TAMPA, Fla. (WFLA) – Folks across Florida awoke Thursday morning to an emergency alert on their phones — a sound usually reserved for an Amber Alert or severe weather warning.
This time, though, it was a mistake.
Across the state, Floridians’ phones sounded off around 4:45 a.m. and lit up with a screen reading “TEST – This is a TEST of the Emergency Alert System. No action is required.”
Plenty of residents were soon left wondering why a “test” would be scheduled so early.
Turns out, the test wasn’t meant to go to Floridians’ phones.
According to the Florida Association of Broadcasters, the test alert is scheduled to occur every other month around 4:50 a.m. But the Florida Division of Emergency Management announced that the alert was intended to be broadcast on TV, not on the phones of sleeping citizens statewide.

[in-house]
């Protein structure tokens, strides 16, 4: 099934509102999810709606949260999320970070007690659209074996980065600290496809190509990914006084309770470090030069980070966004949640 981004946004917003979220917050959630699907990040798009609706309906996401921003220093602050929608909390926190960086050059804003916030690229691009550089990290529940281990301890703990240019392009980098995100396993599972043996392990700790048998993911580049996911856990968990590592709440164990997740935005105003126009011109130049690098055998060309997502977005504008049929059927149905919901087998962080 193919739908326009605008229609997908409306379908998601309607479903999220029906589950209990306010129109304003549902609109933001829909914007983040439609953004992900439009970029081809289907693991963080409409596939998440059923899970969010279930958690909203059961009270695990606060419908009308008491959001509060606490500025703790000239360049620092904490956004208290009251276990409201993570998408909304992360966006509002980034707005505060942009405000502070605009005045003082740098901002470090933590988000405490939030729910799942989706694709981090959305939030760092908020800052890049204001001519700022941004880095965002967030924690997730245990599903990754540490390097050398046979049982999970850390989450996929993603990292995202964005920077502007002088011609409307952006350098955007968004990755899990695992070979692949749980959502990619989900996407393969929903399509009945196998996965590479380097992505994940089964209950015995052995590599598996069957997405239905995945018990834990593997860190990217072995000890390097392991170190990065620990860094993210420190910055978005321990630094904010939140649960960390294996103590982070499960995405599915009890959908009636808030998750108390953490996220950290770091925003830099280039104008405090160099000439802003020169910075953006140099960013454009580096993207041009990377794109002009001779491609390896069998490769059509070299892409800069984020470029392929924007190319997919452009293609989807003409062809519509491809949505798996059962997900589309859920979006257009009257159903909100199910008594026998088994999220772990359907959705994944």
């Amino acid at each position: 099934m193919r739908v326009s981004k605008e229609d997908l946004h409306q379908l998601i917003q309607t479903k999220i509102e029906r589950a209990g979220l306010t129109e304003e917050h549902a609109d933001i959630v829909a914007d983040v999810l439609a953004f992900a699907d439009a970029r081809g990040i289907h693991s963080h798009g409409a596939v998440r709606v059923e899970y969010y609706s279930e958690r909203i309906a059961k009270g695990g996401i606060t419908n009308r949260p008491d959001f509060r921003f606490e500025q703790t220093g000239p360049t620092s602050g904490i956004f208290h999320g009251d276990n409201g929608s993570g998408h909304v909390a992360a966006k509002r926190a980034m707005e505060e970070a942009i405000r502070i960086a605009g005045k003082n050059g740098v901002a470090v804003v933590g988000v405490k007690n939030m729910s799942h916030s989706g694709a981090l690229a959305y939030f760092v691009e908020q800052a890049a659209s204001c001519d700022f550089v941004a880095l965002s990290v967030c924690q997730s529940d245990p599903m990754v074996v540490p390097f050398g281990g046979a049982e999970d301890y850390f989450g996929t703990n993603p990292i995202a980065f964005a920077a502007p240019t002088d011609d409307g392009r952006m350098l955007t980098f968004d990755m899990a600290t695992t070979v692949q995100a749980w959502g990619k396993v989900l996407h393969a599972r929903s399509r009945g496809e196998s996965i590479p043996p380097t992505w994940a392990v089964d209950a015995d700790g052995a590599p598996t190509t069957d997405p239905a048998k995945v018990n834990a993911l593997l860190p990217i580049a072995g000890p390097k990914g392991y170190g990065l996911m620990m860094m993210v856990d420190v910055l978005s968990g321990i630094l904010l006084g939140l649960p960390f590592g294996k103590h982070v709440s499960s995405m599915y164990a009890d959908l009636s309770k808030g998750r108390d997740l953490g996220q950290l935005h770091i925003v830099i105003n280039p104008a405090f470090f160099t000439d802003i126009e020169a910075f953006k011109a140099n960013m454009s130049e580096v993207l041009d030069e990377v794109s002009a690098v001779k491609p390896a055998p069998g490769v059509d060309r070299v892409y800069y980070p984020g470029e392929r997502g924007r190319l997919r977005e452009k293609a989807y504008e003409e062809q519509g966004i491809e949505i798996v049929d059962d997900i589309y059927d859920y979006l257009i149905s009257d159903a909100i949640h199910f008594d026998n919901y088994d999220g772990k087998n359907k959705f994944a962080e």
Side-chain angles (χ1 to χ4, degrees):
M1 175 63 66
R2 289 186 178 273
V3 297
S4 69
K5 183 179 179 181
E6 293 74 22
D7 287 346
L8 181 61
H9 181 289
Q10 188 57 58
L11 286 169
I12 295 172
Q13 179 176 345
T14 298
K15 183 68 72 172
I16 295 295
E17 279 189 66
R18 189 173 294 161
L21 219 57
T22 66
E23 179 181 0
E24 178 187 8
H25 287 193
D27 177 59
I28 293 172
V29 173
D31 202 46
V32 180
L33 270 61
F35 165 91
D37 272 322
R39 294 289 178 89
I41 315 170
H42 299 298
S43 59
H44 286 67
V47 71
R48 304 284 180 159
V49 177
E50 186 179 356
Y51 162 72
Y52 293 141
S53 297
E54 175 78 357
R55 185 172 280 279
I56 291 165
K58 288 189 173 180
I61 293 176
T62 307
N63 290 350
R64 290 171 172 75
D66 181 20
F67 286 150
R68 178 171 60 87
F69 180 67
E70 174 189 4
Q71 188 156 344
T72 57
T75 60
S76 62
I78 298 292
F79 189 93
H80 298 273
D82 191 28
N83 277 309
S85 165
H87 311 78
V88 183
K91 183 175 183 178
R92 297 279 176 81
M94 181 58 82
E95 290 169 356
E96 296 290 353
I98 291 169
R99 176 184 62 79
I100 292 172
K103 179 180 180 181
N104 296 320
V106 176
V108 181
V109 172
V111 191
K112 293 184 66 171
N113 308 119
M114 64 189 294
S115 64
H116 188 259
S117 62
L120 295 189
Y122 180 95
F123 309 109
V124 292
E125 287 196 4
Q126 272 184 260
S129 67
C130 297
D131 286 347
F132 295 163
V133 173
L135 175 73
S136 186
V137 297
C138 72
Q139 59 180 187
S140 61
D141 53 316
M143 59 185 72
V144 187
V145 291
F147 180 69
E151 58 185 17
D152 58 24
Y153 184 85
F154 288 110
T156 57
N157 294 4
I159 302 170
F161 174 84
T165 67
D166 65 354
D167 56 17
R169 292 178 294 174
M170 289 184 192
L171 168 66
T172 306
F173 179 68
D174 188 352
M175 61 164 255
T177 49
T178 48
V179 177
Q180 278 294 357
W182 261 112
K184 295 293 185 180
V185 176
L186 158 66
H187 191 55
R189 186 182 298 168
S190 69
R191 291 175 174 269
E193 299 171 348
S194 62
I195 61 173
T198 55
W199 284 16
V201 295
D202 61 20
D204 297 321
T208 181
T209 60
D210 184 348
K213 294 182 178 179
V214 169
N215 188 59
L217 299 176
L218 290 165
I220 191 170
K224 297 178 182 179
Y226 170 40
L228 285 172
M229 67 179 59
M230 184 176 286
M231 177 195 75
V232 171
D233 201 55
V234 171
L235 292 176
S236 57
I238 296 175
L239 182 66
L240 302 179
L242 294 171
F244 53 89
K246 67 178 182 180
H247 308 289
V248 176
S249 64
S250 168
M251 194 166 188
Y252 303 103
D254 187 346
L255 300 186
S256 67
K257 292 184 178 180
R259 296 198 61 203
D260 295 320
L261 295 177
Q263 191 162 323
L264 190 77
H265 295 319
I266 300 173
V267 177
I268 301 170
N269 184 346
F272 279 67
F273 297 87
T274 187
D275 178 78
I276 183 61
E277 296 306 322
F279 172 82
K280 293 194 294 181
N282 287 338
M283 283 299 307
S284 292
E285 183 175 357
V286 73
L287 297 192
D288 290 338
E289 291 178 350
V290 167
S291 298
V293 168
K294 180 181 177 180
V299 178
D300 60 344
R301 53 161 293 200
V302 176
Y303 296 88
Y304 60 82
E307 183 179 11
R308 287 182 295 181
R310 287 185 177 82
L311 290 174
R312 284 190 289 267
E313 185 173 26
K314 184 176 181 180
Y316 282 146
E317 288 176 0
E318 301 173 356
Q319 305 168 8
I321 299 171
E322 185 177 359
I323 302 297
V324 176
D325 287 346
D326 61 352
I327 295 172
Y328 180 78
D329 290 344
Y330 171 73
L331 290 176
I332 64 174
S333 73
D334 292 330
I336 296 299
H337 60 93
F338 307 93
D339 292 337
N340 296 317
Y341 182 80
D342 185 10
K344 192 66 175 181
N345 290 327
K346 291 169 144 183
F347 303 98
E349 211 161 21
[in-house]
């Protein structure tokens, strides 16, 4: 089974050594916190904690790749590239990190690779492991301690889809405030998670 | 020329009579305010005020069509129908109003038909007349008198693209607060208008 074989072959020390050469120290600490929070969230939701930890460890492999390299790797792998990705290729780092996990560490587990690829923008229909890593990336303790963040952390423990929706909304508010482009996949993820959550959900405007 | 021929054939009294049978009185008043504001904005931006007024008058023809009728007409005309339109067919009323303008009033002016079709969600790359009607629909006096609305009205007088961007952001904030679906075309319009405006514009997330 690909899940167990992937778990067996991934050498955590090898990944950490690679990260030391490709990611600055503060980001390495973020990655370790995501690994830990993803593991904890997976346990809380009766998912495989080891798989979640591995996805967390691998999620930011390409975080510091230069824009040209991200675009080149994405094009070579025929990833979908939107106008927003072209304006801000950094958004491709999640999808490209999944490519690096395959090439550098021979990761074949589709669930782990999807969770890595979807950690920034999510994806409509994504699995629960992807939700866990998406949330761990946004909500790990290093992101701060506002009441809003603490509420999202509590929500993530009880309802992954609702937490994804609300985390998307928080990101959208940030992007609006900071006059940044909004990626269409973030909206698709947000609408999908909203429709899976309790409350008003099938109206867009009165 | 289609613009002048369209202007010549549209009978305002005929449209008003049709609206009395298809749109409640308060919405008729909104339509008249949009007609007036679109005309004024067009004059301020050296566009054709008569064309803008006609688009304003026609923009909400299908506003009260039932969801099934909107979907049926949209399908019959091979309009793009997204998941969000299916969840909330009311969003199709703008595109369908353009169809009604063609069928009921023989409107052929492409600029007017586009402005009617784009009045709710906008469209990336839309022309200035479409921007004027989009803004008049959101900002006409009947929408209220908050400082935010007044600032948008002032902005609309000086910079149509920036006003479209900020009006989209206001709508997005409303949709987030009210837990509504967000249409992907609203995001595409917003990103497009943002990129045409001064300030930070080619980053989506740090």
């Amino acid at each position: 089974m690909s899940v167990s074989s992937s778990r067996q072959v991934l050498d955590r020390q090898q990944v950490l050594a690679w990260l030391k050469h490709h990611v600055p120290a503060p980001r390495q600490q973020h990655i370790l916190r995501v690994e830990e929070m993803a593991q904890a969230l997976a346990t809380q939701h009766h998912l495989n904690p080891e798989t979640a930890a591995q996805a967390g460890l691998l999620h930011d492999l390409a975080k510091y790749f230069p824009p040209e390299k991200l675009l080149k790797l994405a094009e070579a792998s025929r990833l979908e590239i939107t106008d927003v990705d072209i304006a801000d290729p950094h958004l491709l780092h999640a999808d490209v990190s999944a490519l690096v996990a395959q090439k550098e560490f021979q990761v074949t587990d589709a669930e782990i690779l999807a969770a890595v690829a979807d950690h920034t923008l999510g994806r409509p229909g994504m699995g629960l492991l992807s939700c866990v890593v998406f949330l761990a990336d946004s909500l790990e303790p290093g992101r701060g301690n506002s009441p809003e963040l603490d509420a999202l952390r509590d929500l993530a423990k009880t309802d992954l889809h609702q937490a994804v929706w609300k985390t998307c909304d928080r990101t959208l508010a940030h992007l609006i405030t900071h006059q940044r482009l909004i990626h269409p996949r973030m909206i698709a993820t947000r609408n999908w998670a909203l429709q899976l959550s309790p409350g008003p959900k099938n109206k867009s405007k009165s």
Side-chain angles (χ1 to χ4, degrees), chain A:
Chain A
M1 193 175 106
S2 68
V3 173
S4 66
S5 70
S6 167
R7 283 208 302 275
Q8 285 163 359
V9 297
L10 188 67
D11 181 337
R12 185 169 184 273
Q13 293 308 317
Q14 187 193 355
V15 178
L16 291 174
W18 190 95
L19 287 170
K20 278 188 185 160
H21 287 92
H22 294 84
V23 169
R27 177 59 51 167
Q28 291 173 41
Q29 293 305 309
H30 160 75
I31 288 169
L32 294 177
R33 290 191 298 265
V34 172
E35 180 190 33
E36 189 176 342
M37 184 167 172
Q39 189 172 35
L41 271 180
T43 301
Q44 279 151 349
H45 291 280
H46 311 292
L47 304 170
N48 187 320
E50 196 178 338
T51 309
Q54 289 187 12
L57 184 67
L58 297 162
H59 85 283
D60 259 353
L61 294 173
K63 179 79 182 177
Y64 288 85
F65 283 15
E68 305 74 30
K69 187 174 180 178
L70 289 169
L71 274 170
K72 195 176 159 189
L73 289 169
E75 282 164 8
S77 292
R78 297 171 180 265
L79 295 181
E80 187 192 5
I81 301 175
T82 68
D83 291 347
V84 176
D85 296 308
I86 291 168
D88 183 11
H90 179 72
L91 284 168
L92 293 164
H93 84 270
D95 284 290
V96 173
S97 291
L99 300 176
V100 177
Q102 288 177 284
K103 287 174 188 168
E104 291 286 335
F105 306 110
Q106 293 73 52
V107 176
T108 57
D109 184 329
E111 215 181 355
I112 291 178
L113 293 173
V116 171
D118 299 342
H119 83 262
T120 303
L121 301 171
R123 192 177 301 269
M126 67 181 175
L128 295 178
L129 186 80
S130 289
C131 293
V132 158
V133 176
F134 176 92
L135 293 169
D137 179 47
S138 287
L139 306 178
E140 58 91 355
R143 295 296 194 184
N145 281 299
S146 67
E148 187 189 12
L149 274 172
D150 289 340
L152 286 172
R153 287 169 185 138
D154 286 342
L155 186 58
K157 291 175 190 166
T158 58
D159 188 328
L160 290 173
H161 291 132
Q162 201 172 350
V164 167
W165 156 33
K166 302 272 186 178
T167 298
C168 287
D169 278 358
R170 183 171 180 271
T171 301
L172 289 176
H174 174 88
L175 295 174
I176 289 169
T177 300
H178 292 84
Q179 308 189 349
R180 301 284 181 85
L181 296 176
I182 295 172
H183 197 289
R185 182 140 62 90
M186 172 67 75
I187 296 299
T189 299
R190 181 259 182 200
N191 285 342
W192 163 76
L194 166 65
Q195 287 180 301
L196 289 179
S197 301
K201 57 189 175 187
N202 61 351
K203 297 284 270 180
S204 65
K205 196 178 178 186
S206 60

“[Florida Division of Emergency Management] wants to apologize for the early morning text,” the department wrote on Twitter. “Each month, we test #emergencyalerts on a variety of platforms. This alert was supposed to be on TV, and not disturb anyone already sleeping.”
The Florida Division of Emergency Management added that they’re “taking appropriate action to ensure this will never happen again and that only true emergencies are sent as alerts in the middle of the night.”
Florida Gov. Ron DeSantis also commented on the mistake, saying he ordered Florida Division of Emergency Management Director Kevin Guthrie to bring “swift accountability” for the alert that went off in the “wee hours of the morning.”
Residents who no longer want to receive these alerts on their iPhones or Android phones can disable the Test Alert feature, though authorities advise not to do so as they could include life-saving notifications.